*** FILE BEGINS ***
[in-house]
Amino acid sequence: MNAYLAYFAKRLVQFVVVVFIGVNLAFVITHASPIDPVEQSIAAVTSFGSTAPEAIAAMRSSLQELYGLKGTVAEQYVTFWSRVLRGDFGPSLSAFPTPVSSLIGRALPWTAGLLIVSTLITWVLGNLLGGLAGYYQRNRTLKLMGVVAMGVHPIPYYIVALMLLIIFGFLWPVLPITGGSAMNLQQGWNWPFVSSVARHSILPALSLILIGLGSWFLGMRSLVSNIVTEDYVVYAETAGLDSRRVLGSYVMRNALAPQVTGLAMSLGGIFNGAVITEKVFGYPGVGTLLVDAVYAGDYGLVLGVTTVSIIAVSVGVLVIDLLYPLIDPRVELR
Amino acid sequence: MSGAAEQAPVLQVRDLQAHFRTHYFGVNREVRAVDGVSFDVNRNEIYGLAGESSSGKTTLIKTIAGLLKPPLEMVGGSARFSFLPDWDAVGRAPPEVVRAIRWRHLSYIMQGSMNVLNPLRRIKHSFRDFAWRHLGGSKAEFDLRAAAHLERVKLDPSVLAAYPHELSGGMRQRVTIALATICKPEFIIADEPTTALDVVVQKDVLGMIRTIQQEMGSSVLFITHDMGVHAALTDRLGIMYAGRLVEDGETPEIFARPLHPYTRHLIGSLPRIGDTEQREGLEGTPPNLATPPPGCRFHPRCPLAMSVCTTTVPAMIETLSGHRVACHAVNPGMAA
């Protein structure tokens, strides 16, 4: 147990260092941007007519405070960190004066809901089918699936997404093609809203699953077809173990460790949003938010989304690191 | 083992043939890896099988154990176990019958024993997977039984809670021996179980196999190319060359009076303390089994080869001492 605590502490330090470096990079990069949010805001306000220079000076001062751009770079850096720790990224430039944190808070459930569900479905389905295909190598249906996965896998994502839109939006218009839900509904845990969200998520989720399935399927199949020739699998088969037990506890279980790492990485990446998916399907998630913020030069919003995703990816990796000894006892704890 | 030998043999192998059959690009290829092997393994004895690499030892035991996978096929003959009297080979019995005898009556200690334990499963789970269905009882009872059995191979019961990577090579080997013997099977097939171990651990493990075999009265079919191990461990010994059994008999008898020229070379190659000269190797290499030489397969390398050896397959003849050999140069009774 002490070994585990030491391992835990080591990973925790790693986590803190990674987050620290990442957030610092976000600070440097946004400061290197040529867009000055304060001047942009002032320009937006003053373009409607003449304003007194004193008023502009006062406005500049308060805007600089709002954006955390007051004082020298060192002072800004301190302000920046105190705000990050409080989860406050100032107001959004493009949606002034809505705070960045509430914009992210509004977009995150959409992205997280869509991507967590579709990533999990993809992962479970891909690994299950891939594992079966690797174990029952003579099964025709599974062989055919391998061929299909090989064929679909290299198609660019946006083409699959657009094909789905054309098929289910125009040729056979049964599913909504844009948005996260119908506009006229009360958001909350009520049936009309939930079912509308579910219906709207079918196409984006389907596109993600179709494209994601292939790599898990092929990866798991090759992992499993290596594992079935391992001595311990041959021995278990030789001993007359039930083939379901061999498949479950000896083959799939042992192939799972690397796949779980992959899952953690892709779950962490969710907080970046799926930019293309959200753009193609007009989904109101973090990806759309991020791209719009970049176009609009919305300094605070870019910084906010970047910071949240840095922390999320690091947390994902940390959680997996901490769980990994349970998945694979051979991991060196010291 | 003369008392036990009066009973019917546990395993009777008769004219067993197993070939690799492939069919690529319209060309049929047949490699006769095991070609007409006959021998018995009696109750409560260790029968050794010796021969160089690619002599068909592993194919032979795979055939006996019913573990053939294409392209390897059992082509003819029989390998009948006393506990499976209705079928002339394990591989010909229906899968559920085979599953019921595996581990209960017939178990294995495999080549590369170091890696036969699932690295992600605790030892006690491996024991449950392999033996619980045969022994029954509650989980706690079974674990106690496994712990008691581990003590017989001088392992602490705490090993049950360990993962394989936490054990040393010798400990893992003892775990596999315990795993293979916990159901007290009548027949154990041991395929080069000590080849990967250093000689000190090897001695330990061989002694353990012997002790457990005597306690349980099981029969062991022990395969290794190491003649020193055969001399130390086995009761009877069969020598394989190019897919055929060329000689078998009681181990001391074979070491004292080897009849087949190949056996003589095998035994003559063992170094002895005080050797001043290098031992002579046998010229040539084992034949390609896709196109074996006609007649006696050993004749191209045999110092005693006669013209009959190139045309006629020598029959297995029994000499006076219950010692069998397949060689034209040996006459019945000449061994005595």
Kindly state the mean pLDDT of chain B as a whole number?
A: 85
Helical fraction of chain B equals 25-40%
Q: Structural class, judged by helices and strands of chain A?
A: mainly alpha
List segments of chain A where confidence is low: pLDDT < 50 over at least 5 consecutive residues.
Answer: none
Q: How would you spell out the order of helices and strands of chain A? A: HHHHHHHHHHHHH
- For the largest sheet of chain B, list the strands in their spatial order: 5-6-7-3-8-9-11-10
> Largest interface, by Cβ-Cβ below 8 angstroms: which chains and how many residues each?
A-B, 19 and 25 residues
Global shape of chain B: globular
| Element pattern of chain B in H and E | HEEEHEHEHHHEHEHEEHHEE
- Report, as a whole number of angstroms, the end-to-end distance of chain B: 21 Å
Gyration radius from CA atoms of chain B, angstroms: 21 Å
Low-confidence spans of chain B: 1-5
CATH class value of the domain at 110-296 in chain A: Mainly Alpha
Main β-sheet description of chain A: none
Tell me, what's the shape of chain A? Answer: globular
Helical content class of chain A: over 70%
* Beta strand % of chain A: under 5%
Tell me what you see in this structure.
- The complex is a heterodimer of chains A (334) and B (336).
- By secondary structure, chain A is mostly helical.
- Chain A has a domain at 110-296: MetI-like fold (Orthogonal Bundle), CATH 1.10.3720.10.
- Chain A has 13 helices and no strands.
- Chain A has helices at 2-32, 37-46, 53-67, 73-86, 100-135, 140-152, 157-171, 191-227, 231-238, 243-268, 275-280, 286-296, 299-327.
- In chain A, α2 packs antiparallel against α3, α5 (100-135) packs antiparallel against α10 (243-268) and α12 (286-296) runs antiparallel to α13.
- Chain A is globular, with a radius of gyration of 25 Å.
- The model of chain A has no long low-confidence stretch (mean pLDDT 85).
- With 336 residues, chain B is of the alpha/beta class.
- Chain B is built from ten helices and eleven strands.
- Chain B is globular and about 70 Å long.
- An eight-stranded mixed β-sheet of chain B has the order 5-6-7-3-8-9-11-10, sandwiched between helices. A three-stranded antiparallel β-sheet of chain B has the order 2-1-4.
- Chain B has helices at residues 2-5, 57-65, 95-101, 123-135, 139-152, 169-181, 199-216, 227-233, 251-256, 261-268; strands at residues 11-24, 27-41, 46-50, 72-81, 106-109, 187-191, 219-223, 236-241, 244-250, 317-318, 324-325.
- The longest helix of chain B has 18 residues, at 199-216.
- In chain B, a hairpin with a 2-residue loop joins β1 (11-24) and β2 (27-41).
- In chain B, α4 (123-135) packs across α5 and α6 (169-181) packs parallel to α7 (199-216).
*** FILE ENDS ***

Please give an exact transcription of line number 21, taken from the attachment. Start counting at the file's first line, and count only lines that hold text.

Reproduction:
CATH class value of the domain at 110-296 in chain A: Mainly Alpha